We just got back from a trip into Canada, we rented a motorhome and the kids and one of the couples we went with stayed in their tents.
Two of the night got really cold, we survived because we flipped on the motorhomes furnace but they other got a little frosty :-)
This may sound stupid but is there any options for connecting into a motorhome's existing furnace to provide supplemental heat to our fellow tenters? I would think a low watt electric blanket would likely be the easiest but...?
Be careful if using the motor homes furnace to not pump CO2 into the tent. Guess you could use an electric heater in the tent...assuming you have sufficient electricity available. Then need to be careful heater doesn’t get knocked over.
So why not just get better sleeping bags? No safety issues and a little cool air on the face in the morning seldom hurts
I think SteveAE is going in the right direction - besides deer camp we (kids and I) periodically encounter sub-freezing temps in both the Sierras and our local mountains. A Mr. Buddy heater, an electric heater, even a lantern are great for warming the inside air in the evening before, and morning after a night's sleep, but proper gear will ensure a good rest with no safety risk. I would think an electric blanket would come closest to being safe. The right stuff includes a down or synthetic bag rated for the expected weather, and most importantly, a self-inflating sleeping pad, closed cell, or thick fiber mat to insulate the sleeper from the ground. Too many campers are lured into thinking that cots or air mattresses are camping equipment, they're not, they're "heat sinks", and can be downright hazardous as a hypothermia risk. You can get a ThermaRest, REI, EMS, Kelty, or MegaMat self-inflating sleeping pad from discounters or Ebay for nearly the same cost as a quality air mattress or cot. They are all but leak-proof, will last a lifetime, and are a lot easier to store.
One thing overlooked is the volume of space within the tent. Bigger isn't always better. Five people in a "cabin" style tent can keep it warm from their body heat, but a solo person in the same tent will be very cold. A full rain fly on the tent that goes all the way down to the ground will also help with keeping the tent warm, but at the expense of some air flow for cooling during the day.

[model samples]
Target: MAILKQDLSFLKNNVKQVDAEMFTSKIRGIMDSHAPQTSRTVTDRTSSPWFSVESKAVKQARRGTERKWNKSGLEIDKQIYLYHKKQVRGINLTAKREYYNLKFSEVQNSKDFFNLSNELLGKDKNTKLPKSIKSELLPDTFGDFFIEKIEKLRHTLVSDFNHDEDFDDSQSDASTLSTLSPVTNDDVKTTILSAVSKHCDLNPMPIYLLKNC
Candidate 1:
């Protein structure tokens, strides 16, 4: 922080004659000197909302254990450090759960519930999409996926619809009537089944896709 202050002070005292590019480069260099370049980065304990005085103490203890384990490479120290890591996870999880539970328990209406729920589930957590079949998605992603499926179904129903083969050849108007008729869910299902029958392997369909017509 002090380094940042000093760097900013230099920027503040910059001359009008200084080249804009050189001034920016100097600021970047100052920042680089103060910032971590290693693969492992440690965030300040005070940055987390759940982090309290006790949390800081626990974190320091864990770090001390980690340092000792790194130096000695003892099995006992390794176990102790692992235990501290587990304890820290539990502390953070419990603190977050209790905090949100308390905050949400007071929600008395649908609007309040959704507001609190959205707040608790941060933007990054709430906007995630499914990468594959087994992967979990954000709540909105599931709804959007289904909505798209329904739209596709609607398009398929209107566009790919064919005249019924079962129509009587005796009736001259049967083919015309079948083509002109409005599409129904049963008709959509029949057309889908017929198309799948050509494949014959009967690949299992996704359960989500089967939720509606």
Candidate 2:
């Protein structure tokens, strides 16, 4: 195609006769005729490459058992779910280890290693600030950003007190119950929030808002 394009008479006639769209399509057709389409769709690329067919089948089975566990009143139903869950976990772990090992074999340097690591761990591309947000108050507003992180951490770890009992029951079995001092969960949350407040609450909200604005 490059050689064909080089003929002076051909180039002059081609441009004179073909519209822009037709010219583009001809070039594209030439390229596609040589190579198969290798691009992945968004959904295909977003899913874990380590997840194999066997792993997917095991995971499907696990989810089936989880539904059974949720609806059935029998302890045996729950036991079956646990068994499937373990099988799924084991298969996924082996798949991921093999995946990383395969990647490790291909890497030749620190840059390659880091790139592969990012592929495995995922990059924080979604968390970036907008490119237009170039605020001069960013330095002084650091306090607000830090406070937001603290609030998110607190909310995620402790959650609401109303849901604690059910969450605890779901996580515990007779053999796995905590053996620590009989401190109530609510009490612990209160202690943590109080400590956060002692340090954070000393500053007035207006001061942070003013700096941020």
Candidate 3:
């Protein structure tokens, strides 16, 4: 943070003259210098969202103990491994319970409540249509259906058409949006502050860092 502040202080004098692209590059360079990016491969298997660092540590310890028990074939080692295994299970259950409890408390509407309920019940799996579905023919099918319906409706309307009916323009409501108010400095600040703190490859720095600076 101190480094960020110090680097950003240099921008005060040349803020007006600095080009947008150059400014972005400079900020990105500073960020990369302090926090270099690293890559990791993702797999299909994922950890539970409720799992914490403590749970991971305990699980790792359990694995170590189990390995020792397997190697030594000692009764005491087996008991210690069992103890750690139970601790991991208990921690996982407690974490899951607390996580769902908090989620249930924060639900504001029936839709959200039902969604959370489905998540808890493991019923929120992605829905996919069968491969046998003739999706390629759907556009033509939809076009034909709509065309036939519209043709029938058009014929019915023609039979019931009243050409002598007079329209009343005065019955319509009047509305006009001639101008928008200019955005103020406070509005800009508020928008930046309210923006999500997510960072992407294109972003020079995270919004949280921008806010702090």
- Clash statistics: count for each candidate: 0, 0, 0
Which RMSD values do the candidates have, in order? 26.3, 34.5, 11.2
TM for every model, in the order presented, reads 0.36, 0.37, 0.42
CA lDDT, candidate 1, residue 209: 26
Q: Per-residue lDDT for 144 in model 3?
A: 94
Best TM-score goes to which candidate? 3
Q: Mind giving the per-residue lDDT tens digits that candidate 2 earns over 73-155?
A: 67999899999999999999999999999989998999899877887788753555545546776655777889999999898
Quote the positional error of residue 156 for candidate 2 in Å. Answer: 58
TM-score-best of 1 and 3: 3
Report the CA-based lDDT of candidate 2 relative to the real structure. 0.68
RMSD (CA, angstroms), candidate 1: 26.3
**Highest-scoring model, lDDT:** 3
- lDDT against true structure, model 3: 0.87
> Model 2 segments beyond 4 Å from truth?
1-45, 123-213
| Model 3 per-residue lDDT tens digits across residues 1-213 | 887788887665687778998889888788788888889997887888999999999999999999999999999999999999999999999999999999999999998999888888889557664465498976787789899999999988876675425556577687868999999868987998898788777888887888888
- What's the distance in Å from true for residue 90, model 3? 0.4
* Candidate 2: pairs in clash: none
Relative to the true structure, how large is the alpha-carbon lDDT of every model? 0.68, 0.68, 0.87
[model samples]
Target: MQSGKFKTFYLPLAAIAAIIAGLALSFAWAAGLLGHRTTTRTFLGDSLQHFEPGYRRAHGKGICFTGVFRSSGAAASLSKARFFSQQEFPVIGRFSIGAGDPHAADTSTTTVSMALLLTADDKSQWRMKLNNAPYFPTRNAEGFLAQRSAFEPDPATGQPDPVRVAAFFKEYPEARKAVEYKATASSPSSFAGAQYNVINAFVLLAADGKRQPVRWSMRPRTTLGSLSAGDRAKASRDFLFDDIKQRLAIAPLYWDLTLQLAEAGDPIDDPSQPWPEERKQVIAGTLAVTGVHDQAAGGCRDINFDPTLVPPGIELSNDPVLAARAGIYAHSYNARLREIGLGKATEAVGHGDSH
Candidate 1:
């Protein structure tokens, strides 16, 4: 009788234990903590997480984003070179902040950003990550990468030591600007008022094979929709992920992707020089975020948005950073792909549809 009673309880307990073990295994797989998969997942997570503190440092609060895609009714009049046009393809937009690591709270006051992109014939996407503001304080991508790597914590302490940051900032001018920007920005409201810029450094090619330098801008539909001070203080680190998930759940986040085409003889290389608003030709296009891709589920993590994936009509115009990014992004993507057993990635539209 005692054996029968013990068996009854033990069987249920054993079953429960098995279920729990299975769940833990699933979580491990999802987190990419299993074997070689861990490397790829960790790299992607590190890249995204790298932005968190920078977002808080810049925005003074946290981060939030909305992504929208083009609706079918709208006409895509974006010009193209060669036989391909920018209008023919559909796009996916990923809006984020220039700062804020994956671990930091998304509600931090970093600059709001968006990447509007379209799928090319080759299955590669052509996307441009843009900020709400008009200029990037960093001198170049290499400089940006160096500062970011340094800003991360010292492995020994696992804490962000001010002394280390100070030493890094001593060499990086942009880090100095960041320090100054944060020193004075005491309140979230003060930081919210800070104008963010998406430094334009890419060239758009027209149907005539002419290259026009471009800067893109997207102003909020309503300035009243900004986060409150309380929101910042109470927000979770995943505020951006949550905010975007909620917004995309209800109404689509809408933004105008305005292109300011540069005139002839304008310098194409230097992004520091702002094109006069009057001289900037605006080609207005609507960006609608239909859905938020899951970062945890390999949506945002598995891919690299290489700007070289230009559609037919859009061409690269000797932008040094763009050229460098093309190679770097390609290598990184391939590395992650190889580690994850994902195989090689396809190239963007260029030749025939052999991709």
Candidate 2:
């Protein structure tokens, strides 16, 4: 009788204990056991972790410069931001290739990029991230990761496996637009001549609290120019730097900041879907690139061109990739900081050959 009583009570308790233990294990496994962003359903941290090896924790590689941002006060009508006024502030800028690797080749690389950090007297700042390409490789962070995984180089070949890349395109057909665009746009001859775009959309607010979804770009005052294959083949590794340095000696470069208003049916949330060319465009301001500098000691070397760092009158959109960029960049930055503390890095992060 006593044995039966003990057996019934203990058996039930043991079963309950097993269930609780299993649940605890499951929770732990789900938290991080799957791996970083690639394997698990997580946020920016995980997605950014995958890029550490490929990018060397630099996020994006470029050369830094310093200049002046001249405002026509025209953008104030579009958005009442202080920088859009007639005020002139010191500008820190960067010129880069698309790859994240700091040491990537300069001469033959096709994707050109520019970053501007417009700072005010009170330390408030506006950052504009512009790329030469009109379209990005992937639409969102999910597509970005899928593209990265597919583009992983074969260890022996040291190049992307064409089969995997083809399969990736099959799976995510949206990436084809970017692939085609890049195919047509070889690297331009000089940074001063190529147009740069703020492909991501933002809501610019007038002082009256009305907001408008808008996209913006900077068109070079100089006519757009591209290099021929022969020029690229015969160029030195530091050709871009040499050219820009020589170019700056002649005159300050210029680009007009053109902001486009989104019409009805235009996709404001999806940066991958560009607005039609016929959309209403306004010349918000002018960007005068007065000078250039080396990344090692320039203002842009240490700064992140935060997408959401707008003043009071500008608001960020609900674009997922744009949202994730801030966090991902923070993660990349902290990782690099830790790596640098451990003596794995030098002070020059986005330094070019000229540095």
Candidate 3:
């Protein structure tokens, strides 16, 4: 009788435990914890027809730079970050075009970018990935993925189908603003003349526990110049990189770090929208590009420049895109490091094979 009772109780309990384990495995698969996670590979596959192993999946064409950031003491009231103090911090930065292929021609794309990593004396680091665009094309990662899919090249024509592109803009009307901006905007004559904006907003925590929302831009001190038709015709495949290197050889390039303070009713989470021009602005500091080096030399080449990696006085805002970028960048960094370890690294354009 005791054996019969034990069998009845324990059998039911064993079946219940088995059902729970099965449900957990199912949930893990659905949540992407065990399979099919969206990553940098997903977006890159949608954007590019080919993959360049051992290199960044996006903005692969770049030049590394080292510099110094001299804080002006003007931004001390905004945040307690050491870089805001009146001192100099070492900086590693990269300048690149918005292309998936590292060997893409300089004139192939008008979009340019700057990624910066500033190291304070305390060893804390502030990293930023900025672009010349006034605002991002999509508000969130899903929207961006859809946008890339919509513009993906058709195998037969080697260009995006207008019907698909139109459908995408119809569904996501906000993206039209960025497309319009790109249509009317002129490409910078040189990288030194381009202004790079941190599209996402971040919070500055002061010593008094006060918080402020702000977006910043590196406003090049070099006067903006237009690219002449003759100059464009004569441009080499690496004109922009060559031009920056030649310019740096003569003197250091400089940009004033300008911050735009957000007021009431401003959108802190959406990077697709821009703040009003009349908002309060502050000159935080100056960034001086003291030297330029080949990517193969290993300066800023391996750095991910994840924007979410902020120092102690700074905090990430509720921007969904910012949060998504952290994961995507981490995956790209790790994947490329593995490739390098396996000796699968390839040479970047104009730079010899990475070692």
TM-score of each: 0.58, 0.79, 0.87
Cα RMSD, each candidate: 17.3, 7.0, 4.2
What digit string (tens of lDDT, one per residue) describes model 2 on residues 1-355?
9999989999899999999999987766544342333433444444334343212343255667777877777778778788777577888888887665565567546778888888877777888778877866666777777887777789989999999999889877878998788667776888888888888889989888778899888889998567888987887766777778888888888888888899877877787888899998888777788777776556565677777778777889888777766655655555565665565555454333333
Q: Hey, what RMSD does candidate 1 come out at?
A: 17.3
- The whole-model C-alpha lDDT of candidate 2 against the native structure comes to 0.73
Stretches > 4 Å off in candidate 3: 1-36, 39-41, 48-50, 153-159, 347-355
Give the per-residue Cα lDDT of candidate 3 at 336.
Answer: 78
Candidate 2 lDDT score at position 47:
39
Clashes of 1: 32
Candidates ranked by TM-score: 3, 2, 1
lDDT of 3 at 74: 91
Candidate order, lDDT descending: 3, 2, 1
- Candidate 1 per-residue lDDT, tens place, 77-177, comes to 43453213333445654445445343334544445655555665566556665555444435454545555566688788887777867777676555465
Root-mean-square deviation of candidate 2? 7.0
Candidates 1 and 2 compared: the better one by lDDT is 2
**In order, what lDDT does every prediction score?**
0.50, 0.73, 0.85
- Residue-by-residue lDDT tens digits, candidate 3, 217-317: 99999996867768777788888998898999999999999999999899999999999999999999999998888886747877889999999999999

If these temps are expected to be a regular occurance for them, I'd look into better sleeping bags (get ones rated for at least 10-degrees F LOWER than expected temps) and possibly a smaller tent. The bigger tent can be used for gear.
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Having spent probably 700-800 nights in a tent over the years I wouldn't recommend trying to use a heater through the night. Most tents now are synthetic materials as are many sleeping bags etc and they can quickly go up in flames should they come in contact with your heater. You want to be sure you're awake when a heater is in use. You also need to worry about gases or using up all the O2 with a flame or catalytic heater.
Good sleeping bags are the only way to go. I've winter camped quite comfortably in temps around -30F at night with the right gear. You will want something like a little buddy heater to take the chill off a little prior to getting out of the sleeping bag in the morning though.
Back in my tent camping days I came up with a old car radiator, set it inside the tent and ran rubber hoses to the outside under the tent flap door. Then I converter to pipes and ran through the fire pit and looped back to the radiator hoses.
Then I filled the radiator up with water and played with where to keep the height of the metal pipes over the fire pit to keep from boiling the water.
Made a great tent heater back in the day. Would sit a battery operated fan behind the radiator fins and it would run you plum out of a three room tent.
Of course the downside is you have to keep the water hot all night.
Nothing is free....
We first used the white gas Coleman catalytic heaters and finally switched to the Mr Buddy heaters when they hit the market. For tents it is hard to beat a well placed Mr Buddy heater. They will run about 7 hours on one propane canister.
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The people in the tents also survived, didn't they, just didn't like the cold? That was not clear from the way you said it.
I think the key is the sleeping bag and what is underneath it. I've set up a tent on frozen ground, put down a space blanket and closed-cell foam, and two people have been fine together inside a winter-weight double bag with temperatures dropping into the teens.
I've also gotten so cold in a tent at 40 degrees that I got up and moved around all night to keep warm. That was Daytona, February, summer-weight bag on top of a cot, which most of the time worked OK in Florida, but not when it got that cold.
I've never heated a tent, but I have slept under an open shelter facing a small fire, in near freezing temperatures. That was short sleeps, someone has to get up to keep the fire going. A more modern equivalent might be a lean-to shelter with a couple of Mr Buddy heaters aimed at you.